I’m currently reading Jane Eyre, by Charlotte Brontë, for the first time (yes, it was assigned reading in high school, but I must admit to never reading it then). I’ve recently come to own the novel in this volume, which is absolutely beautiful:
It also contains work from two of Charlotte’s sisters, Anne (Agnes Grey), and Emily (Wuthering Heights). It’s a volume in the Barnes & Noble Leatherbound Classics Series, which you can see more here. Before I received this in the mail, however, I had checked out a copy in audiobook format from the library to listen to after finishing The Omnivore’s Dilemma. This version is narrated by Josephine Bailey, who I am enjoying very much.
Nothing I have read before really compares to Jane Eyre. To tell the truth, I’ve never been able to read the type of writing style contained in these pages. Each sentence is stretched and embellished with nearly as many words as is possible to use within it, and at times it is hard to discern the meaning of the whole thing together by the end of it. Until I got this novel on audio cd, I just couldn’t deal with that style. I thought it much too flowery and needless. I had a misconception that all of the characters were washed out, a little out of focus, and had cares and motivations that could never interest me. Just the thought of the time period most novels in this genre are set in made me roll my eyes or cringe. I couldn’t understand why people loved them so much. What could there possibly be to like??
I had a long drive by myself last Saturday, and decided to start listen to the audiobook then. I didn’t really understand what was going on at the beginning, but I just kept it on as I drove, and that was the trick. Once I saw the plot and characters developing, it was easier to listen to, but I was still hardly interested, and I made fun of the style of writing and vocabulary to myself as it went on. I didn’t really start to care about Miss Jane Eyre until about the forth disc, when she was at Lowood school and met Helen Burns. The story changed for me then, to something melancholy and beautiful.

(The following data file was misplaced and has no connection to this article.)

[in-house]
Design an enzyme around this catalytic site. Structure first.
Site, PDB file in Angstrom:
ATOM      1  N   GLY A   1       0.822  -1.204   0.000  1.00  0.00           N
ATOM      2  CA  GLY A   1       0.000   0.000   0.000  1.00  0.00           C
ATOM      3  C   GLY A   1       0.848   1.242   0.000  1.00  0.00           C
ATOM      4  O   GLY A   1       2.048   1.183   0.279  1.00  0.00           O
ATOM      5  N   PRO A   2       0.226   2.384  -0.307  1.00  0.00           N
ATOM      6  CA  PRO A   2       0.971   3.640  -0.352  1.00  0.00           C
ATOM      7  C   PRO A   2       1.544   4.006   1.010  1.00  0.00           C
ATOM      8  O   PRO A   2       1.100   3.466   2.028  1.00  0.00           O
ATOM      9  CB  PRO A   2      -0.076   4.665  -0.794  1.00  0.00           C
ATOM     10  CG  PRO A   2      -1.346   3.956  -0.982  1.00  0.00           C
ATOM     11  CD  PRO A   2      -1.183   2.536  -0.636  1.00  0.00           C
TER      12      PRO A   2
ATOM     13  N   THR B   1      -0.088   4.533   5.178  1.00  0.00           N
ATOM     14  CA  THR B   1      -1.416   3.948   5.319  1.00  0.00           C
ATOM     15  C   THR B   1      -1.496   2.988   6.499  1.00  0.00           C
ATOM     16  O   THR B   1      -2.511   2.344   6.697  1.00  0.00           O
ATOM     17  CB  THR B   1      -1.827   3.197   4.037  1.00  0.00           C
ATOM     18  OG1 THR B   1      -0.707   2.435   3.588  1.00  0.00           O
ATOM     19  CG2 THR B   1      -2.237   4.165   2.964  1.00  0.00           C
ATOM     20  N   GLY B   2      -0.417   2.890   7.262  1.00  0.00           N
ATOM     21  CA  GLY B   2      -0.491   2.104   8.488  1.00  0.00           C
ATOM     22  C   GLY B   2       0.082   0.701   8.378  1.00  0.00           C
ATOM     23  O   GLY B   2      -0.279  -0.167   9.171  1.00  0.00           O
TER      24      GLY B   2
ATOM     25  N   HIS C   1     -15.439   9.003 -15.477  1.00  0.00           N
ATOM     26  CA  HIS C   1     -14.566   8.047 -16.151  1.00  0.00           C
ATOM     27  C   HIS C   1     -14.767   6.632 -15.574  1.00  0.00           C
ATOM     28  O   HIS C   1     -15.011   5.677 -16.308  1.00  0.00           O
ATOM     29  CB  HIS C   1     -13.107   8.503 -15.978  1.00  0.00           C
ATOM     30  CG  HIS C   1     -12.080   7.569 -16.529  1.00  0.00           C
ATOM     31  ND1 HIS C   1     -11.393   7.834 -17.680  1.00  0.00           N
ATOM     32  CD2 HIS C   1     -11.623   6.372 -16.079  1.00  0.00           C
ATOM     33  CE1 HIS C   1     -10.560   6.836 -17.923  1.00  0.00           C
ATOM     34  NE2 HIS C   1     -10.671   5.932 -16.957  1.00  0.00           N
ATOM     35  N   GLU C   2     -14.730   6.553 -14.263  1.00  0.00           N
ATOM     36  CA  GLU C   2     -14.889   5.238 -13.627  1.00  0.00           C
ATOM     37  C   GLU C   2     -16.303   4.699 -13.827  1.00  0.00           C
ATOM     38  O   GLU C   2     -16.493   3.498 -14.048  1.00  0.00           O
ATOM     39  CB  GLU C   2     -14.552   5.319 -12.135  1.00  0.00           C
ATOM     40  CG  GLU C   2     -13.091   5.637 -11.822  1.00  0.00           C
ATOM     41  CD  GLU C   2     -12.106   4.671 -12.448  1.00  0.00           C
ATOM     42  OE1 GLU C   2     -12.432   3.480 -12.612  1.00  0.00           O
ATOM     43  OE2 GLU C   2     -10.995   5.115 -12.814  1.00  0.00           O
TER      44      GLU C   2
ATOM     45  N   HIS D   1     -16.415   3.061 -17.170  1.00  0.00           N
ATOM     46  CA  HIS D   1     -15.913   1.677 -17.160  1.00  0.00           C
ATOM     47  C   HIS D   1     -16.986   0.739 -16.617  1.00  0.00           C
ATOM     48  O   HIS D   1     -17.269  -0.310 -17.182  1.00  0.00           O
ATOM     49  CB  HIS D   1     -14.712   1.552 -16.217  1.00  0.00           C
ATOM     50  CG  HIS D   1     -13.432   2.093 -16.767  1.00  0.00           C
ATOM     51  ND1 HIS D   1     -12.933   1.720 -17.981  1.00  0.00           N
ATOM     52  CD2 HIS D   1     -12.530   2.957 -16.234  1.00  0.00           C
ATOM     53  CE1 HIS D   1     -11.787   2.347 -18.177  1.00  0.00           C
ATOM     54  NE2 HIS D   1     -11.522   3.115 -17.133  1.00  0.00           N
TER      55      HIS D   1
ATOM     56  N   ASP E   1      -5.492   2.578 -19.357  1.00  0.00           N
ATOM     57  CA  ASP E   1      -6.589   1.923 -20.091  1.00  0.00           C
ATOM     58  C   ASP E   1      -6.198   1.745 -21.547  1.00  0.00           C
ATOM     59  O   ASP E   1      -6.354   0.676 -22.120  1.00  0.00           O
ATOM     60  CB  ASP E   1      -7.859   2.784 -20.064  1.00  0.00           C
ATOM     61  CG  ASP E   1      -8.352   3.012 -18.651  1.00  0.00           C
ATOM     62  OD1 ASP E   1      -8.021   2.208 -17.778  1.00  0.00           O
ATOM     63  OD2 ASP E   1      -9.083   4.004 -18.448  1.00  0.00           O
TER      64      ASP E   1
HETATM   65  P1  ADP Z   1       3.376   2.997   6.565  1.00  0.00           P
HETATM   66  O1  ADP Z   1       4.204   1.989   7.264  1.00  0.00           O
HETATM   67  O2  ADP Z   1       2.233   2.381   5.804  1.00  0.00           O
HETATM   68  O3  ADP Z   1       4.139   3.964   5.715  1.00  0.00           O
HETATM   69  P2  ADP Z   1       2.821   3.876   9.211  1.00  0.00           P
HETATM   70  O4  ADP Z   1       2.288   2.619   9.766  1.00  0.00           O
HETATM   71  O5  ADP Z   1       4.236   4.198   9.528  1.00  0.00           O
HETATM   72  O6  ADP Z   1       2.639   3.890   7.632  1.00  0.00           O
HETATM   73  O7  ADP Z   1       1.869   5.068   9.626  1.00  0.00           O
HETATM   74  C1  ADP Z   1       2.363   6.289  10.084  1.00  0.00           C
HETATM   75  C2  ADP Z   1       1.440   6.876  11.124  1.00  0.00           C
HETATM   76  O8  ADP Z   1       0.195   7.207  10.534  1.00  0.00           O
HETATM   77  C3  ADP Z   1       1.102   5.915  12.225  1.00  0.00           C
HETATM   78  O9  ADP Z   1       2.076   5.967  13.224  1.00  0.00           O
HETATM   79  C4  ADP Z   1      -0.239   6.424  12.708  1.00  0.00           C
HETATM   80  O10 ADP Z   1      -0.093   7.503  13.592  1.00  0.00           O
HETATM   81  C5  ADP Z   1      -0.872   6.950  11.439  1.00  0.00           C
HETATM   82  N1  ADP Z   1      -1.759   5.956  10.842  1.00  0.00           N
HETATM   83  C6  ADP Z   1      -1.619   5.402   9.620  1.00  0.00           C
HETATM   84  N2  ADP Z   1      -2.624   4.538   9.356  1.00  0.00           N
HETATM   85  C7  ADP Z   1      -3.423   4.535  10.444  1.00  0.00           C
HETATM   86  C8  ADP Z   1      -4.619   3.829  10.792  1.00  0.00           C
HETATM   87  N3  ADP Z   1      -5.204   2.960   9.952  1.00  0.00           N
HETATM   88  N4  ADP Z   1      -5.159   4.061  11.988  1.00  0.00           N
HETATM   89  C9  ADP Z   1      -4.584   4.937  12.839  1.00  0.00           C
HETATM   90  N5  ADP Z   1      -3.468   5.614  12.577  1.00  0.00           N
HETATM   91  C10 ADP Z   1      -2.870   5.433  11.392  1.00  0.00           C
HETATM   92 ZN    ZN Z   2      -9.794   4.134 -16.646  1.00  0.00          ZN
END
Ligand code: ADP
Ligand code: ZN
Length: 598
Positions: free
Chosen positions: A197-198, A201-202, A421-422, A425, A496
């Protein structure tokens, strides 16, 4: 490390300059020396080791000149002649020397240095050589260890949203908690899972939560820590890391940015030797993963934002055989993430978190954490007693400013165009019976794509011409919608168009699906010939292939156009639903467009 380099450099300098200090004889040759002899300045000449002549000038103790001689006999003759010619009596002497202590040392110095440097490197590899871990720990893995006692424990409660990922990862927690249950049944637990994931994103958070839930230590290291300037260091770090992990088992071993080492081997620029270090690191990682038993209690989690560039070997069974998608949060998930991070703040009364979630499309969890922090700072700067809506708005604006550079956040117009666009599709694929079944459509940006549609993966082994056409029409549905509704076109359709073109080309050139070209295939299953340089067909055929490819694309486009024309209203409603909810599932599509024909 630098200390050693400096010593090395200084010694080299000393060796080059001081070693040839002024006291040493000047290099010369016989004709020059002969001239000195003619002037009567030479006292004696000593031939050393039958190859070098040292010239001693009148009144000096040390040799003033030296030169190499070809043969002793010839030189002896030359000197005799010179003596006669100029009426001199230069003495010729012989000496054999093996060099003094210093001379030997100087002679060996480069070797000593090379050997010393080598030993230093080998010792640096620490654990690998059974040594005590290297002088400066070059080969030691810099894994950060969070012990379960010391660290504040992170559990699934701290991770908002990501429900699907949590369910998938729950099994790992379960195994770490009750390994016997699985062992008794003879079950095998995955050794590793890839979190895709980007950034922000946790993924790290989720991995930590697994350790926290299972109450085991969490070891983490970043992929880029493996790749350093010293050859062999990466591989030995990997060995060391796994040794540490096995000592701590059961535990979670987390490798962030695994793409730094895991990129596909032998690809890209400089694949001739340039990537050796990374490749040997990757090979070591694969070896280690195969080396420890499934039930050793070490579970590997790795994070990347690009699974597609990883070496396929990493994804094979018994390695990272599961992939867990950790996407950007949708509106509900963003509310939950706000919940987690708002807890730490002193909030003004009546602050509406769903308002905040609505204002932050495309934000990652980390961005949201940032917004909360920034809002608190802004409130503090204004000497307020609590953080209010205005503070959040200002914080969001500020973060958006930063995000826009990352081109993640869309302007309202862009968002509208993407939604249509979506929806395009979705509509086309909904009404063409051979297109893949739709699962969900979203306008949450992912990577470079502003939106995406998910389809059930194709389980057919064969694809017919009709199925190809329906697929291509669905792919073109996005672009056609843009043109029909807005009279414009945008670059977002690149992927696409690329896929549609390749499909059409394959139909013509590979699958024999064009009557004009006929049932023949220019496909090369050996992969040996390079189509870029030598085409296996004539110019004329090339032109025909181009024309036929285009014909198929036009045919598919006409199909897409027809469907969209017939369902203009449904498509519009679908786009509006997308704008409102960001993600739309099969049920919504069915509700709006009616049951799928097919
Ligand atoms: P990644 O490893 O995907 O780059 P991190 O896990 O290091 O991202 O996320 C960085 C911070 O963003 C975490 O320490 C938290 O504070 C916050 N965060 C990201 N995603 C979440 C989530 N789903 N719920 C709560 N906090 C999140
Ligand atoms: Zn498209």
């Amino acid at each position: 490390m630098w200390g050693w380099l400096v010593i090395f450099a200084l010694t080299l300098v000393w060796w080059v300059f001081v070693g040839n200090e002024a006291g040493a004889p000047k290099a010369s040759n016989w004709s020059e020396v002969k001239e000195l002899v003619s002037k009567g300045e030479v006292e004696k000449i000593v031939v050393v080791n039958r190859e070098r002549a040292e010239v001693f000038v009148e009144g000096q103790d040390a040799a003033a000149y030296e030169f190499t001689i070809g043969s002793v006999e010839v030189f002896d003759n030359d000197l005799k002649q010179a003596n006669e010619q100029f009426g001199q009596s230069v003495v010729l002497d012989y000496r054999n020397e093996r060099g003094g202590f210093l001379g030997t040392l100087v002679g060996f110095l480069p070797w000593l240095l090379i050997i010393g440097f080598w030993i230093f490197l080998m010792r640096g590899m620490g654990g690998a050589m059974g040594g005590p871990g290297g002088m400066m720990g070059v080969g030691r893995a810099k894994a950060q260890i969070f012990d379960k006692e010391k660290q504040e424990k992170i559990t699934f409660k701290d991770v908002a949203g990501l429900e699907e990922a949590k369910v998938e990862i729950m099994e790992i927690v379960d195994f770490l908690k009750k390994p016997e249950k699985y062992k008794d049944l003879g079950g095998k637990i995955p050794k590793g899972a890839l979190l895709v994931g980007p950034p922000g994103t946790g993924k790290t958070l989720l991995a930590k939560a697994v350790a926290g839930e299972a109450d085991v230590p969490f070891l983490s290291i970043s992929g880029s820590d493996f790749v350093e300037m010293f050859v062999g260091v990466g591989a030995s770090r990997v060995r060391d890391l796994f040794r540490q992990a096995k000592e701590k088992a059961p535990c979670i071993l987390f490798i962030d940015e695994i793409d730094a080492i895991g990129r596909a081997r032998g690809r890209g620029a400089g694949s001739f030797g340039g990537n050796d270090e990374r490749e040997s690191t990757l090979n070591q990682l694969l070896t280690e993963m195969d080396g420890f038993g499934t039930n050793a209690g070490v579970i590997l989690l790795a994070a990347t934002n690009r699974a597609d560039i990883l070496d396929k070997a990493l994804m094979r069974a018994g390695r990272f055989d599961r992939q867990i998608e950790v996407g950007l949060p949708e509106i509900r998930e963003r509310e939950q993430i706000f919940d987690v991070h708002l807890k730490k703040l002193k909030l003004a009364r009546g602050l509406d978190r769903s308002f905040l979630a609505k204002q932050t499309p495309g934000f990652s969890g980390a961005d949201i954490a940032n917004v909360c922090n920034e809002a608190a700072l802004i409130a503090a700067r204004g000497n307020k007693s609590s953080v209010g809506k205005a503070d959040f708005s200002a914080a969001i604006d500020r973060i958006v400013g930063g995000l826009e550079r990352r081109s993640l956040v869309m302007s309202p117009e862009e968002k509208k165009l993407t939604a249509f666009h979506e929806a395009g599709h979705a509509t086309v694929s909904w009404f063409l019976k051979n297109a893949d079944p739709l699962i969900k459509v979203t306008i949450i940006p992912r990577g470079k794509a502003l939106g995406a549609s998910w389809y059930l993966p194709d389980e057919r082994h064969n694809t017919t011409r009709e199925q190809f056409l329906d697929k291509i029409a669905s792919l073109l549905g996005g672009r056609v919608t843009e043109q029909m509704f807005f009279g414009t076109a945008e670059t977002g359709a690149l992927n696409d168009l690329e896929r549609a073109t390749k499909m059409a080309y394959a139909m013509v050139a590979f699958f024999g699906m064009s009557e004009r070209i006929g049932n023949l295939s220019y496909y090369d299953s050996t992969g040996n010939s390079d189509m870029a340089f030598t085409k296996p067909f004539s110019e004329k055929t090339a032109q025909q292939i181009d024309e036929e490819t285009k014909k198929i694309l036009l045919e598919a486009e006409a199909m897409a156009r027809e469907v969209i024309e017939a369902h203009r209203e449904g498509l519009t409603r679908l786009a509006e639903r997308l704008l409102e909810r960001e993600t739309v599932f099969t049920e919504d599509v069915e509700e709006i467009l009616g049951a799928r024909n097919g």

As of right now, I have just started Volume Two (disc 8) and I am entranced by this book. I am not sure what happened, or exactly when, but this is possibly one of the greatest books I’ve ever read. Once I got past the ‘strange’ way of writing, I completely fell in love with it. It’s exactly opposite of a book like Robert Louis Stevensen’s Treasure Island, where there is constant action and plot advancement. Jane Eyre takes its time. It reveals itself slowly and delicately. It’s like to watching a flower bloom, the story builds and builds into something complex and very beautiful. There are sub-plot mysteries, characters to love and some to hate, and locations have names and are described in detail…this is a book you could read again and again forever. This book has changed the way I think about literature.
I’ve been almost craving to read more of this book, and yet I almost don’t want to, because I’m not sure I want it to end. This is going to be a book that I remember forever, for reasons listed above, and I already know its going to be one of those I wish I could read again for the first time (a feeling reserved for only the greatest plot woven stories).
For all of you out there who have stood up to your love of this book and others similar, no matter how many have scoffed at you or thought you crazy – good for you, I finally realize that it is truly deserved. I’m converted!